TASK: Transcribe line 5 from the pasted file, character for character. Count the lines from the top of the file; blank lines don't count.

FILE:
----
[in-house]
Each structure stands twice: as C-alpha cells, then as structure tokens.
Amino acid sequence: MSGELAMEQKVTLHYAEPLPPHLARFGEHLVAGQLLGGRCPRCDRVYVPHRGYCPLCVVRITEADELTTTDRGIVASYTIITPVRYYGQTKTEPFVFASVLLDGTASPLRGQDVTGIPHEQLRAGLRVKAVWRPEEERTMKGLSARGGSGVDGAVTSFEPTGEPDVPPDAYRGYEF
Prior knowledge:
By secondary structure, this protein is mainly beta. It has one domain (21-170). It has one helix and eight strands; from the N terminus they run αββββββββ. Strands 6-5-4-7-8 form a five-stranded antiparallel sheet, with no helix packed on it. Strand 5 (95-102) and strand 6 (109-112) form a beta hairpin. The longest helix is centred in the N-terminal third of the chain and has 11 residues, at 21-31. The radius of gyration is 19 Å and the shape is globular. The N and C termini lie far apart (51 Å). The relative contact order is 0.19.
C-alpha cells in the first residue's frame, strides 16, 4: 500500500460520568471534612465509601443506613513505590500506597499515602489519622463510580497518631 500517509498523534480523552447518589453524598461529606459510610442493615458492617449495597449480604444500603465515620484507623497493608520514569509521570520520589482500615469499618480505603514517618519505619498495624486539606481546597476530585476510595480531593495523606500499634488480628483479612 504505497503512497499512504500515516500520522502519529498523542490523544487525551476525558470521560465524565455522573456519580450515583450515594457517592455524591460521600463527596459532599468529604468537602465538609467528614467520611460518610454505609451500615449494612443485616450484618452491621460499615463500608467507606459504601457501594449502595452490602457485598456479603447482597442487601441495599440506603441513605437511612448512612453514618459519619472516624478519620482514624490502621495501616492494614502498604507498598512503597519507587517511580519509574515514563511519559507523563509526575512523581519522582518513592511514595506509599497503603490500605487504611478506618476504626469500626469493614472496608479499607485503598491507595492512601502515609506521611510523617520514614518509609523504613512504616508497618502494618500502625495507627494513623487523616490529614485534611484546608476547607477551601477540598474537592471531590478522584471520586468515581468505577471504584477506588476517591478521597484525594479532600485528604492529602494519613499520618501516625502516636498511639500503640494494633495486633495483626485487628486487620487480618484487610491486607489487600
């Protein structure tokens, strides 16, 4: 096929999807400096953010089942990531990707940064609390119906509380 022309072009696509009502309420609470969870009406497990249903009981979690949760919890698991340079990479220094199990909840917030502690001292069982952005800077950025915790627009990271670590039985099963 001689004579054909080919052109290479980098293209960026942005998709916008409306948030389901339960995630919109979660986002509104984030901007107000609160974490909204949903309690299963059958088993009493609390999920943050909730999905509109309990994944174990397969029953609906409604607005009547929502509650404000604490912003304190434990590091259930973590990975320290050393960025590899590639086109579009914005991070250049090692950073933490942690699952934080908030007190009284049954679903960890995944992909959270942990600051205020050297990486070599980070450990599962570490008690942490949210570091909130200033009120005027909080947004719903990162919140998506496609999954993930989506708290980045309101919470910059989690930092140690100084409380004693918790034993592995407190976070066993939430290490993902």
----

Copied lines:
By secondary structure, this protein is mainly beta. It has one domain (21-170). It has one helix and eight strands; from the N terminus they run αββββββββ. Strands 6-5-4-7-8 form a five-stranded antiparallel sheet, with no helix packed on it. Strand 5 (95-102) and strand 6 (109-112) form a beta hairpin. The longest helix is centred in the N-terminal third of the chain and has 11 residues, at 21-31. The radius of gyration is 19 Å and the shape is globular. The N and C termini lie far apart (51 Å). The relative contact order is 0.19.